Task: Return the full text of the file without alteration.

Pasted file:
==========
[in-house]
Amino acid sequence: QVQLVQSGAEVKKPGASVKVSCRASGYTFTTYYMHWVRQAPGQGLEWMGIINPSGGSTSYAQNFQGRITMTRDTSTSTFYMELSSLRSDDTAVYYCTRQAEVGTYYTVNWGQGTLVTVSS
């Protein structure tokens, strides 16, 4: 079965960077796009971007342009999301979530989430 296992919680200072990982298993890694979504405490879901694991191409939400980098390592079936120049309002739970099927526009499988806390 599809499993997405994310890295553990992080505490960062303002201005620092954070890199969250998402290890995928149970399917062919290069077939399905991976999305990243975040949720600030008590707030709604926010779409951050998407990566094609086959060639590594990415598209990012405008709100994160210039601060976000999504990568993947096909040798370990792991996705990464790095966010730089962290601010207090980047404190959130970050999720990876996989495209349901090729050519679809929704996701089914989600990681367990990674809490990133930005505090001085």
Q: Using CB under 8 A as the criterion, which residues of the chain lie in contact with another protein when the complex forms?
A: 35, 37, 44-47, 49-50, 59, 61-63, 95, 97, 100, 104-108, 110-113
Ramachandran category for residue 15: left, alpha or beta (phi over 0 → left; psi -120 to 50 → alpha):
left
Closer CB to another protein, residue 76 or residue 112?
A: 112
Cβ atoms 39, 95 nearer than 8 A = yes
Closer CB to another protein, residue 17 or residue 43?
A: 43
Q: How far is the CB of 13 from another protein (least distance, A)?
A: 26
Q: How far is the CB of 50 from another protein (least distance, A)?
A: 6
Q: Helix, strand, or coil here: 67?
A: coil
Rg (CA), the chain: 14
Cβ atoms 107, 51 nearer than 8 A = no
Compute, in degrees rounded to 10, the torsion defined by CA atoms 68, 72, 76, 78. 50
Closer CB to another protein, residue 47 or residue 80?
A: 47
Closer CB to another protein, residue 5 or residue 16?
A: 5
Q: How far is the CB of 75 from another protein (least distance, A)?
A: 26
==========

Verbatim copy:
[in-house]
Amino acid sequence: QVQLVQSGAEVKKPGASVKVSCRASGYTFTTYYMHWVRQAPGQGLEWMGIINPSGGSTSYAQNFQGRITMTRDTSTSTFYMELSSLRSDDTAVYYCTRQAEVGTYYTVNWGQGTLVTVSS
């Protein structure tokens, strides 16, 4: 079965960077796009971007342009999301979530989430 296992919680200072990982298993890694979504405490879901694991191409939400980098390592079936120049309002739970099927526009499988806390 599809499993997405994310890295553990992080505490960062303002201005620092954070890199969250998402290890995928149970399917062919290069077939399905991976999305990243975040949720600030008590707030709604926010779409951050998407990566094609086959060639590594990415598209990012405008709100994160210039601060976000999504990568993947096909040798370990792991996705990464790095966010730089962290601010207090980047404190959130970050999720990876996989495209349901090729050519679809929704996701089914989600990681367990990674809490990133930005505090001085």
Q: Using CB under 8 A as the criterion, which residues of the chain lie in contact with another protein when the complex forms?
A: 35, 37, 44-47, 49-50, 59, 61-63, 95, 97, 100, 104-108, 110-113
Ramachandran category for residue 15: left, alpha or beta (phi over 0 → left; psi -120 to 50 → alpha):
left
Closer CB to another protein, residue 76 or residue 112?
A: 112
Cβ atoms 39, 95 nearer than 8 A = yes
Closer CB to another protein, residue 17 or residue 43?
A: 43
Q: How far is the CB of 13 from another protein (least distance, A)?
A: 26
Q: How far is the CB of 50 from another protein (least distance, A)?
A: 6
Q: Helix, strand, or coil here: 67?
A: coil
Rg (CA), the chain: 14
Cβ atoms 107, 51 nearer than 8 A = no
Compute, in degrees rounded to 10, the torsion defined by CA atoms 68, 72, 76, 78. 50
Closer CB to another protein, residue 47 or residue 80?
A: 47
Closer CB to another protein, residue 5 or residue 16?
A: 5
Q: How far is the CB of 75 from another protein (least distance, A)?
A: 26